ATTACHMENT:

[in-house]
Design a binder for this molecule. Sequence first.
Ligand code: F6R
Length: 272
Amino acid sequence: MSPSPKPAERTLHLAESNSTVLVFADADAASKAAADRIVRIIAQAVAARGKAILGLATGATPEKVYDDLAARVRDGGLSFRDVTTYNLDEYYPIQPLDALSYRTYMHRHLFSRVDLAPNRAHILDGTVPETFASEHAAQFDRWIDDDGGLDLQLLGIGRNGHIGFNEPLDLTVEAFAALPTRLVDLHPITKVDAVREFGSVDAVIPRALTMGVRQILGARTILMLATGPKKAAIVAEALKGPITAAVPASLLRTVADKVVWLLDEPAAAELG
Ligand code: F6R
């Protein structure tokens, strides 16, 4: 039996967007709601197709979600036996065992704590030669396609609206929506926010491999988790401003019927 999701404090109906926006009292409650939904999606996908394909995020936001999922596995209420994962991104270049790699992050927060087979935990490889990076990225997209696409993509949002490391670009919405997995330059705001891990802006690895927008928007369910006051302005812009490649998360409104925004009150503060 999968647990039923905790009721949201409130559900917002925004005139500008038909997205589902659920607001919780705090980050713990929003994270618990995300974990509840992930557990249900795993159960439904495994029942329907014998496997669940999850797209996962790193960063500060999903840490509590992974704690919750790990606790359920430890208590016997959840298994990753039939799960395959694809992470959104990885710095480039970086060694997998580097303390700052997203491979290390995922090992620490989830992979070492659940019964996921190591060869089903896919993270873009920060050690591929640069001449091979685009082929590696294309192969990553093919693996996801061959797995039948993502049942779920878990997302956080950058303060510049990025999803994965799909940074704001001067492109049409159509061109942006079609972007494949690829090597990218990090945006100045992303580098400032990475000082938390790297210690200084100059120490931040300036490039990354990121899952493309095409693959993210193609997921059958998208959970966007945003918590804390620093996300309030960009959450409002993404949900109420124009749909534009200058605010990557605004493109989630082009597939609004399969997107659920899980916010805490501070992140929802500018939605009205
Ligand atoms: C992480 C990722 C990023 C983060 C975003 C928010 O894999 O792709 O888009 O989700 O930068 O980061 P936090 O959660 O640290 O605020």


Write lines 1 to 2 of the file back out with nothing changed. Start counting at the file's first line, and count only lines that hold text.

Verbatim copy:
[in-house]
Design a binder for this molecule. Sequence first.